Seekers Day, June 13th, celebrates the day in 1652 when a thousand seekers gathered to hear the preacher George Fox.
The Seekers were a faith-based group in 17th Century England. Unlike a church, they believed words weren’t necessary to encounter the Divine. Therefore, they gathered in silence and waited for the spirit of the Divine to distill among them.
George Fox was a seeker who became a founding member of the Quakers. When he spoke at Firbank Fell (pictured above) many seekers were convinced of his words and, as a result, the early Quaker movement gained new followers and took root.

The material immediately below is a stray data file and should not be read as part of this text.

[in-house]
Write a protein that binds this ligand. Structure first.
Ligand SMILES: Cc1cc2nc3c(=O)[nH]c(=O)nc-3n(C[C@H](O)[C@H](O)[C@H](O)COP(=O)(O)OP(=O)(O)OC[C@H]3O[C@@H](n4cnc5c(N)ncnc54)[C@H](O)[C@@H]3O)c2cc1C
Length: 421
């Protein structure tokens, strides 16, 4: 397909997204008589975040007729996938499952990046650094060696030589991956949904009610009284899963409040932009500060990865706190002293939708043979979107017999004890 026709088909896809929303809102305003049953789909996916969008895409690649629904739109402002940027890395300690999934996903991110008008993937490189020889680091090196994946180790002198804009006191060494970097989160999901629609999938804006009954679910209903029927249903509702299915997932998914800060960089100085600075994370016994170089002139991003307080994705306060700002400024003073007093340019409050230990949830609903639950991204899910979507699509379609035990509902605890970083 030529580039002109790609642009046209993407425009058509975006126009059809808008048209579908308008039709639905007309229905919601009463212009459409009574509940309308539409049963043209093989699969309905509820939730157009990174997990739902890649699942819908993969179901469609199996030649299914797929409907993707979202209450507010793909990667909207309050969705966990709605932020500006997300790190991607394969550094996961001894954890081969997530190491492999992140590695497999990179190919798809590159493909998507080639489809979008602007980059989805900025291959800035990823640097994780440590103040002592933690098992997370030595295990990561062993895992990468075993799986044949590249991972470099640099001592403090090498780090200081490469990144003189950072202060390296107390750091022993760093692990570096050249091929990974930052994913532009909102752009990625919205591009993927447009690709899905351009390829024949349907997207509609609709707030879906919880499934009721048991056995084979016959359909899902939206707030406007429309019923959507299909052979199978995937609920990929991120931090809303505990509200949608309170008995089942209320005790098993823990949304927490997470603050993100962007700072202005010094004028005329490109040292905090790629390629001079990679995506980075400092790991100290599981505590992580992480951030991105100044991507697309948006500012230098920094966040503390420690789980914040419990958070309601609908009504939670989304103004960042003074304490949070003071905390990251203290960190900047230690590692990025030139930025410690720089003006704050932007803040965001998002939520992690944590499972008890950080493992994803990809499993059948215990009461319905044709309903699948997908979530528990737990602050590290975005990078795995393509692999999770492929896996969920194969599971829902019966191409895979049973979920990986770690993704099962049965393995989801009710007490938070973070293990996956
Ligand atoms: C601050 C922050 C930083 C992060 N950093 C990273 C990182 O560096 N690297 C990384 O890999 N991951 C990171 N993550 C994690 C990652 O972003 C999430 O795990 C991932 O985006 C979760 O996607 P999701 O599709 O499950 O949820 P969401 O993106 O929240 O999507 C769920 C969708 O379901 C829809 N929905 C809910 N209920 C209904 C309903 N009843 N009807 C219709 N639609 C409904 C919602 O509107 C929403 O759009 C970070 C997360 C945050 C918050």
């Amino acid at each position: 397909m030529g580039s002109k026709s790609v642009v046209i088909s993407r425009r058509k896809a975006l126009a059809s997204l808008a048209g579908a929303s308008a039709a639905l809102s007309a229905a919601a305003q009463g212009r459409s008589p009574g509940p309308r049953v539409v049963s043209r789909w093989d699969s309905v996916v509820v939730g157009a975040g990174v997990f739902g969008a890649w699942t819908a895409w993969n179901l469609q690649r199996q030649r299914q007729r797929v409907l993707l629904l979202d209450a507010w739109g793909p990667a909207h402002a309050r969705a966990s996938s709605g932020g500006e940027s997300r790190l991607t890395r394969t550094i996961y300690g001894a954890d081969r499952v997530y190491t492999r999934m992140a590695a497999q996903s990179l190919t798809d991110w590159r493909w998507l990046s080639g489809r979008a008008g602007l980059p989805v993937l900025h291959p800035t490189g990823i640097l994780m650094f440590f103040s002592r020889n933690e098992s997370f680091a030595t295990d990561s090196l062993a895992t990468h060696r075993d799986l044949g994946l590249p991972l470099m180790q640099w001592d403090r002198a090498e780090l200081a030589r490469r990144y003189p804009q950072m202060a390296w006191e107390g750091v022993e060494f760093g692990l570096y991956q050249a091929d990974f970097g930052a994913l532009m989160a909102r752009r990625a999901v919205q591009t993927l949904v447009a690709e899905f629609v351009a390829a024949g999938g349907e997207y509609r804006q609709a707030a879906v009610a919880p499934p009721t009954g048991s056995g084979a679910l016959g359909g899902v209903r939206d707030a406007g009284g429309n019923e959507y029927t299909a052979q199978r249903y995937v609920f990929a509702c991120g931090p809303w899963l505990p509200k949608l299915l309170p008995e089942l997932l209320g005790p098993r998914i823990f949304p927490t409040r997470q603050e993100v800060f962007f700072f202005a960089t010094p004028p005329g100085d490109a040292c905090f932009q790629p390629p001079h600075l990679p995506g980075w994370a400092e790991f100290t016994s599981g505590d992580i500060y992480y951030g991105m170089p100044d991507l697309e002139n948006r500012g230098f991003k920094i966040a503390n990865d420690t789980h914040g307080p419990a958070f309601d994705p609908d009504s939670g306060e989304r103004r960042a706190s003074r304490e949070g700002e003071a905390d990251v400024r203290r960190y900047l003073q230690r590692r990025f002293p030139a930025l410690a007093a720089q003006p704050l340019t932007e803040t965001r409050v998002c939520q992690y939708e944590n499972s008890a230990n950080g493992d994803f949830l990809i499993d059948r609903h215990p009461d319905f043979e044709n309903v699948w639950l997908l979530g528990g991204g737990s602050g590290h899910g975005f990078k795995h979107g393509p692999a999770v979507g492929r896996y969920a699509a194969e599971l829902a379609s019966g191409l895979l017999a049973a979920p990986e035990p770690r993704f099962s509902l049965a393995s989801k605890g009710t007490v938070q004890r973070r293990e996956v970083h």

Seekers believed the following:
- Having no creed
- Embracing a broad spectrum of ideas and positions
- Supporting separation of church from state
- Respecting all religions, but accepting none as authoritative
- Not excluding a person from joining another sect
- Believing the spirit was equal in all
- Allowing women preachers, a much derided practice at the time
- Favouring anti-nominiasm, a rejection of religious law (especially as written in the old testament)
No statue or monuments exist in remembrance to the Seekers. Their only dedication is a mention in the Plaque at Firbank Fell, created by Quakers in 1952 to celebrate 300 years of the Society of Friends.
The original seekers may be long gone, but their faith has been inherited into Quakerism and lives on to this day.